Some people weren’t fans of the first adaption of The Hunger Games, but I rather liked it. Going into the second movie, Catching Fire, I didn’t have high expectations, but I was pleasantly surprised.
Katniss and Peeta have won the 74th Hunger Games, so they should be enjoying the life of the victorious. Instead, Katniss’ act has made Peeta bitter and hurt, while Katniss’ true love, Gale, grows increasingly distant and jealous over the act Katniss has to keep up with Peeta every time the cameras are on them—an act that she has to keep up or President Snow will kill her family. Then the rug is completely pulled out from under everyone in District 12 when it is announced that two victors from previous Hunger Games from every district will compete in the 75th anniversary spectacular.
This time around Haymitch is actually more useful and less besotted, though he still makes time for the sauce when he can. Peeta volunteered for him which makes him thankful, but there seems to be something else under the surface that is motivating him to see them—especially Katniss—survive. Katniss and Peeta try to align themselves with other victors against the deadly Districts 1 and 2 to give them an edge in the games.
The victors are quirky and delightfully bent characters like the elderly Mags who doesn’t talk but has excellent survival skills, the flamboyantly beautiful Finnick Odair who uses his beauty politically, but has a mind to match, and the brilliant Wiress whose specialty is electricity. Unfortunately for District 12, Katniss is everybody’s favorite to take down and making alliances doesn’t come easy.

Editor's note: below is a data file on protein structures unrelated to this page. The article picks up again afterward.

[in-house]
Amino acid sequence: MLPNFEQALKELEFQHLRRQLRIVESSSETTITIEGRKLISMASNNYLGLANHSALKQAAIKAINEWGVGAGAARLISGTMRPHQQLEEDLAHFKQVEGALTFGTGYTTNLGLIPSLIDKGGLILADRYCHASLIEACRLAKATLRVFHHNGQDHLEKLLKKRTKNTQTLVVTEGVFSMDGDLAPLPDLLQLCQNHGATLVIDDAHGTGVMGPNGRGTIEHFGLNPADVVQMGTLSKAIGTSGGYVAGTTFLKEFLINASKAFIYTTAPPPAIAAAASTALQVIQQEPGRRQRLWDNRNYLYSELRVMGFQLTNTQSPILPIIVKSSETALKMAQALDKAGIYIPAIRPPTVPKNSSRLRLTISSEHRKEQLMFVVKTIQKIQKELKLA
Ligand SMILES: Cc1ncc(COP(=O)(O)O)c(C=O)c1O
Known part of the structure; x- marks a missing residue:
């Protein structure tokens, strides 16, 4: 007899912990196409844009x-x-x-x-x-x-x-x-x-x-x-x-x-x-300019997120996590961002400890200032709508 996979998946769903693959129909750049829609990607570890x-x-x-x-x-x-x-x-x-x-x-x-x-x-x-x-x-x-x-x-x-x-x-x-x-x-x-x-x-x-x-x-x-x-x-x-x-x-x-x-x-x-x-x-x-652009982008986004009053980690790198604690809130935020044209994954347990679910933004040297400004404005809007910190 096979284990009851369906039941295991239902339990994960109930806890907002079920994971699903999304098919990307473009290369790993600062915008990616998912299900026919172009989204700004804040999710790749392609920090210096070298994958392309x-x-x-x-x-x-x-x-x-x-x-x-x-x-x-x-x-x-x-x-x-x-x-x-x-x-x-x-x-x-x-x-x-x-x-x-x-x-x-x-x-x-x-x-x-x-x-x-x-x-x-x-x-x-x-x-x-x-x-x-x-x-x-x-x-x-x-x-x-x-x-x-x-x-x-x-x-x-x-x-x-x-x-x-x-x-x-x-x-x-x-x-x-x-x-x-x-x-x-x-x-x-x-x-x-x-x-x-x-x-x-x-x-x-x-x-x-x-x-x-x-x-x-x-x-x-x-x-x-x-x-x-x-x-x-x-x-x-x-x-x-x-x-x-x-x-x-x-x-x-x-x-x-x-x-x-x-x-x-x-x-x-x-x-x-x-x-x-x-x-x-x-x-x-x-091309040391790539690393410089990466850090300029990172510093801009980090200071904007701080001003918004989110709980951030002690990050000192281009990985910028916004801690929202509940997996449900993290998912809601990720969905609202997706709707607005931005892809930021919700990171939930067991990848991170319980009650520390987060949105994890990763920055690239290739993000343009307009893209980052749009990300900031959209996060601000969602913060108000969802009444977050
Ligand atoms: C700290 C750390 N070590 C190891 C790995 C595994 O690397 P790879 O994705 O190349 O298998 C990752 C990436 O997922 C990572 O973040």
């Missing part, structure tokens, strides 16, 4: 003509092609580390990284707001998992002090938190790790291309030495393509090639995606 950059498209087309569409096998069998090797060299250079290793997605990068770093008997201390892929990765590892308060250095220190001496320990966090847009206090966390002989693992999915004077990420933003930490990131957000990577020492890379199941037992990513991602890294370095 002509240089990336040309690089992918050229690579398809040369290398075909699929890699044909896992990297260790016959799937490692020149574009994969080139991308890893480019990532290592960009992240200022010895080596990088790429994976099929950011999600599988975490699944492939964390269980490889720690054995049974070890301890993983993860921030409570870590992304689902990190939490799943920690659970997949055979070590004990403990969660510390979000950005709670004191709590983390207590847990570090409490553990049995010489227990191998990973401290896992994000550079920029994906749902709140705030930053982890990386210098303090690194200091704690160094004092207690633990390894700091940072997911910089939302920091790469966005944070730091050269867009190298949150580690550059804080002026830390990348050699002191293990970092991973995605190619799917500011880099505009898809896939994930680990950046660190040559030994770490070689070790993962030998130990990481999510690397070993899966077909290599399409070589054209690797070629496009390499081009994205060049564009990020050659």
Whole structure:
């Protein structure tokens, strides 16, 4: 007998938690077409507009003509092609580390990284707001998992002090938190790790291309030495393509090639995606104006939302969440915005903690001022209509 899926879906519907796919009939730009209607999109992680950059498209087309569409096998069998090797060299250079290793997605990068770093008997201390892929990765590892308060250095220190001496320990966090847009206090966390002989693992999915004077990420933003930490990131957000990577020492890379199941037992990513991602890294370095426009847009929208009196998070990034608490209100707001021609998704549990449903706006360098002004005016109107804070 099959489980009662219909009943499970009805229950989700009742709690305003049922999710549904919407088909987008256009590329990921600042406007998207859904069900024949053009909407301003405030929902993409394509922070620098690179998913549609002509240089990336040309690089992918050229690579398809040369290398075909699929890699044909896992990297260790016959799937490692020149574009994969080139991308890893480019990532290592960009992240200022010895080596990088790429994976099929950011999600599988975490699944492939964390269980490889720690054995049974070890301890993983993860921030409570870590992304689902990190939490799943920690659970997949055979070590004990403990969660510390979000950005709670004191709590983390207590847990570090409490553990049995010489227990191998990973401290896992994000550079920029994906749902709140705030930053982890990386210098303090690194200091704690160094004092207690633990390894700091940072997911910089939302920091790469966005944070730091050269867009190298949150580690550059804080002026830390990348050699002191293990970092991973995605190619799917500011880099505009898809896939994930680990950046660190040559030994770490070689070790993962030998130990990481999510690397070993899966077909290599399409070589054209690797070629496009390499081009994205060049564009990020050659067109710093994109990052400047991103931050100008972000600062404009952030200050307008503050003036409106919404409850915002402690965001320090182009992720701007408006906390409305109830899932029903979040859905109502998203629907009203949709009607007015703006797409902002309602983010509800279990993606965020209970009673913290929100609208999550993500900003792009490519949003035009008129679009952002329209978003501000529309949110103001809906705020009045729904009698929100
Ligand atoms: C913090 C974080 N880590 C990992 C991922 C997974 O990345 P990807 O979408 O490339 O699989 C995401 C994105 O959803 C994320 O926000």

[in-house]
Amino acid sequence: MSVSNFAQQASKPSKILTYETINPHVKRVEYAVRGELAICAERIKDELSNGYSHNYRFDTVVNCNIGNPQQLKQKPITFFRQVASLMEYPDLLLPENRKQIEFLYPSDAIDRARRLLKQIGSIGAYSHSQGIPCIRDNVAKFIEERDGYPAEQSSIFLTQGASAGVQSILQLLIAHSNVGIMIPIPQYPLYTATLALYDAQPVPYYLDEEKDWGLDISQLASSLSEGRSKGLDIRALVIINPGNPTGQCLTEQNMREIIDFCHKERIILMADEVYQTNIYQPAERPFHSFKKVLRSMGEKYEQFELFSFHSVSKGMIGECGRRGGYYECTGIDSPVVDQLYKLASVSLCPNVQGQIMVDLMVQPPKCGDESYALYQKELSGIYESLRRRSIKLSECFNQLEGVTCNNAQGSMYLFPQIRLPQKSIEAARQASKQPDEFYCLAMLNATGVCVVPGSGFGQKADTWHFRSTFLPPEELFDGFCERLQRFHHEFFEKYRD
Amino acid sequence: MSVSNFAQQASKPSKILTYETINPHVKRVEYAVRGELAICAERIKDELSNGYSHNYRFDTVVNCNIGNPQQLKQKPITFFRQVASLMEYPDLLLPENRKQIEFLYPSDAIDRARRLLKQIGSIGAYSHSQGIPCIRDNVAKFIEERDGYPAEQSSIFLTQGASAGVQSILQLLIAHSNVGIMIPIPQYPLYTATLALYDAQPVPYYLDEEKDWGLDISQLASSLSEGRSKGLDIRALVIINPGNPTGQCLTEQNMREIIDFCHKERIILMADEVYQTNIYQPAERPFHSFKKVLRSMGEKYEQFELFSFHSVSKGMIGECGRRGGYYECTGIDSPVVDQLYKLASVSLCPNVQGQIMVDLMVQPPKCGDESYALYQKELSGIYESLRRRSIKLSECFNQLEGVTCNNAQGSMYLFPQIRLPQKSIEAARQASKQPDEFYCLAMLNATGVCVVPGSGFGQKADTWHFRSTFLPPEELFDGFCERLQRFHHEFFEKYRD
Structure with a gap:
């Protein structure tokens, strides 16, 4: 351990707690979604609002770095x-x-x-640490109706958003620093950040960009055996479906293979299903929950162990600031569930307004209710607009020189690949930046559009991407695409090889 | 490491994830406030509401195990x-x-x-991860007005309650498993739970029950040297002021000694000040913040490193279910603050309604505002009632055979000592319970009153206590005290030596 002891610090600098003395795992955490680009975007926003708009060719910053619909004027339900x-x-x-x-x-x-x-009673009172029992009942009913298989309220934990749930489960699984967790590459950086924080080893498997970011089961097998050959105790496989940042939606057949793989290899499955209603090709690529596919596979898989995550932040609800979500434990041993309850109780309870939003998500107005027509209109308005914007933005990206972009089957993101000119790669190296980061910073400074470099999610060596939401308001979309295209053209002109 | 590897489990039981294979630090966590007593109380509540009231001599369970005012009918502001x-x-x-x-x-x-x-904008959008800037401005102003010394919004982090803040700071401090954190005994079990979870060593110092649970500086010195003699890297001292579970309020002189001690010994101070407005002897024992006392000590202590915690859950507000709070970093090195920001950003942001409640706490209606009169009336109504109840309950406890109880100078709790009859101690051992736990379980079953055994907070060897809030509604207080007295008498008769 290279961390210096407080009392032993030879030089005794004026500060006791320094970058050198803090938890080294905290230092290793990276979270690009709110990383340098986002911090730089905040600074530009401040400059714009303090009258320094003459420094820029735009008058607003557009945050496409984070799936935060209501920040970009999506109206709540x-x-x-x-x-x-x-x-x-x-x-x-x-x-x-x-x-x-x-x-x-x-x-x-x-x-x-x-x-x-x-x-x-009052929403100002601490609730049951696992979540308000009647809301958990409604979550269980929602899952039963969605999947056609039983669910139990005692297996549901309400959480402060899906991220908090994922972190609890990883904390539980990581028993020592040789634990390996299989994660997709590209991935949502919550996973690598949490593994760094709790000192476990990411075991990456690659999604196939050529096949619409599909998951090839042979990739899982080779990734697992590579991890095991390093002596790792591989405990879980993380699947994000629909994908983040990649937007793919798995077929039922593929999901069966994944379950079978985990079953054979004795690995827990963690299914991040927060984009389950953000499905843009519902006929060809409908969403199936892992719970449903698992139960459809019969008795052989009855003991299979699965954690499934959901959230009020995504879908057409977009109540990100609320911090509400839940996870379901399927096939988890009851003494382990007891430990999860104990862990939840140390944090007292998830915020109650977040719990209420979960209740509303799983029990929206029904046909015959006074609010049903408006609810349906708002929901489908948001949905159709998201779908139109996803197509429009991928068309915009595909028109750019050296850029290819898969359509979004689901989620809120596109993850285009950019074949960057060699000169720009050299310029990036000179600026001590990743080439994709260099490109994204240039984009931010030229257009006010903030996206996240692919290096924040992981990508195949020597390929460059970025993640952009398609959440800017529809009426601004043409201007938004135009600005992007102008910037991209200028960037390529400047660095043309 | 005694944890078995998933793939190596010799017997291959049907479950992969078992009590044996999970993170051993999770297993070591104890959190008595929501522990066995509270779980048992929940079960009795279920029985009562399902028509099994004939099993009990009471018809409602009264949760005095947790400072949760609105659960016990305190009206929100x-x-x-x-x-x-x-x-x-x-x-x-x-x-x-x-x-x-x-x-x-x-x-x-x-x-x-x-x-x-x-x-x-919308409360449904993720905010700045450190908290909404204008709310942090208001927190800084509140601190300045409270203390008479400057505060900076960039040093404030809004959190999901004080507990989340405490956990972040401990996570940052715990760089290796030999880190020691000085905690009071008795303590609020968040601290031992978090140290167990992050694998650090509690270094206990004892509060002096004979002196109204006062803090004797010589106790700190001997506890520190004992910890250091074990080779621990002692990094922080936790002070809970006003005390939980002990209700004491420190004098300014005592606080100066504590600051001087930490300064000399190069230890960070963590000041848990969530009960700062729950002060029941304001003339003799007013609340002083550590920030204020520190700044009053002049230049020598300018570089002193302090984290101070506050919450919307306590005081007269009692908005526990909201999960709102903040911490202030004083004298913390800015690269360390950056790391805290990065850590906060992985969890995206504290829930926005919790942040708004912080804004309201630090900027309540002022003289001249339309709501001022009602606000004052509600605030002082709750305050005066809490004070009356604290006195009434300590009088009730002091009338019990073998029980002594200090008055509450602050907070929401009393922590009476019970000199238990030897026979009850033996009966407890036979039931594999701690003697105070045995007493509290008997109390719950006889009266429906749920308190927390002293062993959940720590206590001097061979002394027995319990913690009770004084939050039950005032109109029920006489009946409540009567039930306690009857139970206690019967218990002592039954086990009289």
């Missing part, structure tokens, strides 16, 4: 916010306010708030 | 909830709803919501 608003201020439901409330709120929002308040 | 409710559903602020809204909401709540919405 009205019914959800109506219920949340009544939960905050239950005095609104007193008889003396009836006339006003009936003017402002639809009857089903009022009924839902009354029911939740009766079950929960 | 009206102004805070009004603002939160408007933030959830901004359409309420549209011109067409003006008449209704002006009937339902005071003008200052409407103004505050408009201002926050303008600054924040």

Meanwhile, a rebellion is brewing, spurred by Katniss’ defiance at the 74th games. The powers that be hope to make an example of Katniss while snuffing out the rebellion, as she tries to survive with Peeta in the most dangerous games yet. Fortunately for Katniss, she has strong allies, the rebellion on her side, and Peeta’s devotion—a devotion that causes Katniss to wonder more than once if her act of love is truly an act after all.
One of the strengths of this installment in the series is the sumptuous production quality. The costumes on all the characters, especially in Capital City, are ornate and stunning. The sets are just close enough to our reality to be relatable, but fantastical enough to leave us with wonder. There is also the tension from romance, political intrigue, and the gritty survival theater of the Hunger Games. Catching Fire was a quality production and fans of the book should be very pleased.
As usual, some plot elements are altered to make room for an almost two and a half hour movie, but as a fan of the books, I didn’t mind the changes and felt the movie worked quite well. Jennifer Lawrence was good in the role and more than just a pretty face. Although there weren’t any scenes as powerful for her talents as the death of Rue, Lawrence brought a lot emotion to key scenes to help the audience believe in what they were watching. With a strong supporting cast, Catching Fire was a well done movie, and I recommend it.
Release Date: November 22, 2013 (USA)
MPAA Rating: PG-13
Alcohol/Drugs: 3 (social drinking at parties and dinners)
Language: 3 (deity, TV swears, an s-word, and the f-word is mouthed but not heard)
Nudity: 2 (Johanna shocks Katniss by stripping down in front of her. We see a bare back.)
Sexuality: 2 (smooching and vague references to more)
Violence: 4 (brutal violence; death by arrow, poison gas, government brutality, monkey and more)